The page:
Similarly, in the case of Larsen v. Vic Tanny International, 130 Ill. App. 3d 574, 474 N.E.2d 729, 85 Ill. Dec. 769 (Ill. App. Ct. 1984), the plaintiff was injured when he inhaled dangerous vapors created by the negligent mixing of cleaning compounds by the defendant health club’s employee. Plaintiff had signed a membership contract which contained exculpatory language regarding plaintiff’s use of the facilities (but did not mention any negligence by defendant). Id. The Court stated this type of injury was arguably not foreseeable to plaintiff when he signed the release, and thus a fact question existed regarding the parties’ intent behind the exculpation clause, which precluded summary judgment. Id. 1

1 The Court noted the result would have been different if plaintiff’s injuries stemmed from a slip and fall in an area adjacent to a swimming pool, citing its previous decision in Owen v. Vic Tanny Enterprises, 48 Ill. App. 2d 344, 199 N.E.2d 280 (Ill. App. Ct. 1964).

[**11] In another case where “negligence” is included in the release, Sweat v. Big Time Auto Racing, Inc., 117 Cal. App. 4th 1301, 12 Cal.Rptr. 3d 678 (Cal. Ct. App. 2004), the plaintiff was injured when the pit-area bleachers collapsed. Plaintiff had signed a release before entering the pit area, which stated that he released the defendant from all liability “whether caused by the negligence of the releasees or otherwise while the undersigned is in or upon the restricted area and/or . . . observing . . . the event.” Id. at 680. The Court found that the release was ambiguous due to the “and/or” language used, and thus relied on extrinsic evidence in interpreting the release, such as the fact that anyone could enter the pit area without signing the release once the race was over. The Court concluded that the release was only intended to apply to the risks inherent in being in close proximity to a race, and was not intended to cover the type of incident which occurred when the bleachers collapsed due to defective construction/maintenance. Id.

[HN6] The majority view from sister states is that an exculpatory provision which specifically and expressly releases a defendant from [**12] its own negligence will be upheld, without regard to whether the injury sustained is one typically thought to be “inherent in the sport”. In fact, there seems to be a split of authority among the states regarding whether the word “negligence” is even required to be present in the exculpation clause for the provision to be construed as releasing the defendant from its own negligence. Cases from Connecticut, for example, have held that in order for an exculpatory provision to be construed as releasing a defendant from its own negligence, the provision must expressly mention negligence . The cases are equally clear, however, that if the provision does expressly release the defendant from its own negligence, then it will be upheld as written. See Hyson v. White Water Mtn. Resorts, 265 Conn. 636, 829 A.2d 827 (Conn. 2003) (snowtubing); Brown v. Sol, 2004 Conn. Super. LEXIS 2430, 2004 WL 2165638 (Conn. Super. Ct. Aug. 31, 2004) (racing school); DiMaggio v. LaBreque, 2003 Conn. Super. LEXIS 2823, 2003 WL 22480968 (Conn. Super. Ct. Oct. 9, 2003) (parachuting).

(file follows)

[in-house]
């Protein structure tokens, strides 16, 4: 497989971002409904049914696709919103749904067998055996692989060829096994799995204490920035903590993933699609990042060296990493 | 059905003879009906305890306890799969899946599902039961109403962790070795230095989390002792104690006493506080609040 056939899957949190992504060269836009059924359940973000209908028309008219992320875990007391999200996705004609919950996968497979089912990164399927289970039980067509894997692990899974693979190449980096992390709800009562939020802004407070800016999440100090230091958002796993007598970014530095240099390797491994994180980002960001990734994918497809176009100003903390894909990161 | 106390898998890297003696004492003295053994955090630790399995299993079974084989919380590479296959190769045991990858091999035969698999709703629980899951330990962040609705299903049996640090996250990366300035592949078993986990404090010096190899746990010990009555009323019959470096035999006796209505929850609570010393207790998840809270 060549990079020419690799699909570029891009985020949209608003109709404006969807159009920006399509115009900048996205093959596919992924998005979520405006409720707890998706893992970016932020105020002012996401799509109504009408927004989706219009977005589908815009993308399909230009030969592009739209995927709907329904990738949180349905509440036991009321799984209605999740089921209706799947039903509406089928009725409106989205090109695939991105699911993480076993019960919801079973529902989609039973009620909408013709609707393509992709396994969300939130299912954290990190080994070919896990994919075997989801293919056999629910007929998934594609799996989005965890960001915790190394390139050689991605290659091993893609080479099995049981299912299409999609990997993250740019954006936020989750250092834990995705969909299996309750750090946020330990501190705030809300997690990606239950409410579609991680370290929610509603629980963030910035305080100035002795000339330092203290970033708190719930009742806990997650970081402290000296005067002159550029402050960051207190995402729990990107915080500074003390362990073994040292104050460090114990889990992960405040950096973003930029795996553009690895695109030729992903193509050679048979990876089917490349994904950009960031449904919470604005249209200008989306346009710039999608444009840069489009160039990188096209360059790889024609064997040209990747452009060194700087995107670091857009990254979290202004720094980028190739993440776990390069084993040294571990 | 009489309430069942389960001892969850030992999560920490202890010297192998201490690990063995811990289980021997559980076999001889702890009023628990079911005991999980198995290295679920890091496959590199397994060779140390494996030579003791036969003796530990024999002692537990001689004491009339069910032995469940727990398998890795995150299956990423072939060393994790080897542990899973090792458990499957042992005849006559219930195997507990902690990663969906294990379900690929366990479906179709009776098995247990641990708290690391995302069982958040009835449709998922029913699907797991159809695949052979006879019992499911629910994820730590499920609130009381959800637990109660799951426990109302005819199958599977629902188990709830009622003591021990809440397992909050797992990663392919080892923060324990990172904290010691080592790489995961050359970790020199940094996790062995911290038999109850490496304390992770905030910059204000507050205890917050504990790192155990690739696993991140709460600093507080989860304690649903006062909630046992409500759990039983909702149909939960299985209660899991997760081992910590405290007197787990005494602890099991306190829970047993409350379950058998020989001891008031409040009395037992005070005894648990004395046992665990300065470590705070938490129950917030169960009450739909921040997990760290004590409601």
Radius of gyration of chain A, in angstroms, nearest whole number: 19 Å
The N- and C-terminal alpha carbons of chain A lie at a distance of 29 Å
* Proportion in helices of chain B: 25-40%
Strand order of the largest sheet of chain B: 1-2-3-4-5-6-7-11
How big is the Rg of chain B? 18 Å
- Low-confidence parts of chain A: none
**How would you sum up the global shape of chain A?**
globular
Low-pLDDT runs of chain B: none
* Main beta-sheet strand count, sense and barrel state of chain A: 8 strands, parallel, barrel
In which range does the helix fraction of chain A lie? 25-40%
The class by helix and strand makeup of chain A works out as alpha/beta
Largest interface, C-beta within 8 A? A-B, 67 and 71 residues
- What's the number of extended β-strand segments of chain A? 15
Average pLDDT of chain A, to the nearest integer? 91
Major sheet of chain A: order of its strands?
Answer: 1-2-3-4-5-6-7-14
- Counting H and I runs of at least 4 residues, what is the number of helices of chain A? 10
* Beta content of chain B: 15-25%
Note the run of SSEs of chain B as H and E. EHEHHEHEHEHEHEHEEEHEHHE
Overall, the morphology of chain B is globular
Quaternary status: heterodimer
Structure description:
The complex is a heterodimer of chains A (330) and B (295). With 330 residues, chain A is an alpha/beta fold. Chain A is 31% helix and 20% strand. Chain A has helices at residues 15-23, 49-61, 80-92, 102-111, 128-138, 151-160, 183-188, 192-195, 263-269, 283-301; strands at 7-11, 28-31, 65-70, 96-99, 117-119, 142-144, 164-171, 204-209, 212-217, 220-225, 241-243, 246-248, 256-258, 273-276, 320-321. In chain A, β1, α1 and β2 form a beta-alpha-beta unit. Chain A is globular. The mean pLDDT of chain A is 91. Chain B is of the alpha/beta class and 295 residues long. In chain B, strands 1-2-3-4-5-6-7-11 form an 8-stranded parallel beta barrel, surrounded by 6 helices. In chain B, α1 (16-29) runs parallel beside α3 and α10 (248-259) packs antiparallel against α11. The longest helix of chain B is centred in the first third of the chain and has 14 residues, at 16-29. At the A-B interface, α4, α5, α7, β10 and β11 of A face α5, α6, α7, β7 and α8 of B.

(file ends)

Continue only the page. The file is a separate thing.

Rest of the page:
[HN7] Most jurisdictions, including Tennessee, have held that if the exculpation contract sufficiently demonstrates the parties’ intent to eliminate [**13] liability for negligence, the absence of the word “negligence” is not fatal. See Krazek v. Mountain River Tours, Inc., 884 F.2d 163 (4th Cir. 1989) (white water rafting); Saenz v. Whitewater Voyages, Inc., 226 Cal. App. 3d 758, 276 Cal.Rptr. 672 (Cal. Ct. App. 1991) (white water rafting); Heil Valley Ranch, Inc. v. Simkin, 784 P.2d 781 (Colo. 1989) (horseback [*735] riding); Seigneur v. National Fitness Institute, Inc., 132 Md. App. 271, 752 A.2d 631 (Md. Ct. Spec. App. 2000) (health club); Petry v. Cosmopolitan Spa Intern., Inc., 641 S.W.2d 202 (Tenn. Ct. App. 1982) (health club); Murphy v. North American River Runners, Inc., 186 W. Va. 310, 412 S.E.2d 504 (W. Va. 1991) (white water rafting); Schutkowski v. Carey, 725 P.2d 1057 (Wyo. 1986) (skydiving). In these cases, the fact that the injury occurred during an activity that was not foreseeable or not associated with a risk “inherent in the sport” did not matter. See, e.g., Benedek (health club member injured when adjusting a television set above exercise machines which fell); Murphy (white water rafter injured [**14] when her raft tried to engage in rescue of another raft), and Petry (patron of health club injured when exercise machine she was sitting on collapsed).

In this case, the Release in question does specifically and expressly release defendant from any liability for its negligence or that of any employees, owners, agents, etc. In the matter of contract interpretation, this Court has previously explained:

[HN8] The cardinal rule in the construction of contracts is to ascertain the intent of the parties. West v. Laminite Plastics Mfg. Co., 674 S.W.2d 310 (Tenn. App. 1984). If the contract is plain and unambiguous, the meaning thereof is a question of law, and it is the Court’s function to interpret the contract as written according to its plain terms. Petty v. Sloan, 197 Tenn. 630, 277 S.W.2d 355 (1955). The language used in a contract must be taken and understood in its plain, ordinary, and popular sense. Bob Pearsall Motors, Inc. v. Regal Chrysler-Plymouth, Inc., 521 S.W.2d 578 (Tenn. 1975). In construing contracts, the words expressing the parties’ intentions should be given the usual, natural, and ordinary meaning. Ballard v. North American Life & Cas. Co., 667 S.W.2d 79 (Tenn. App. 1983). [**15] If the language of a written instrument is unambiguous, the Court must interpret it as written rather than according to the unexpressed intention of one of the parties. Sutton v. First Nat. Bank of Crossville, 620 S.W.2d 526 (Tenn. App. 1981). Courts cannot make contracts for parties but can only enforce the contract which the parties themselves have made. McKee v. Continental Ins. Co., 191 Tenn. 413, 234 S.W.2d 830, 22 A.L.R.2d 980 (1951).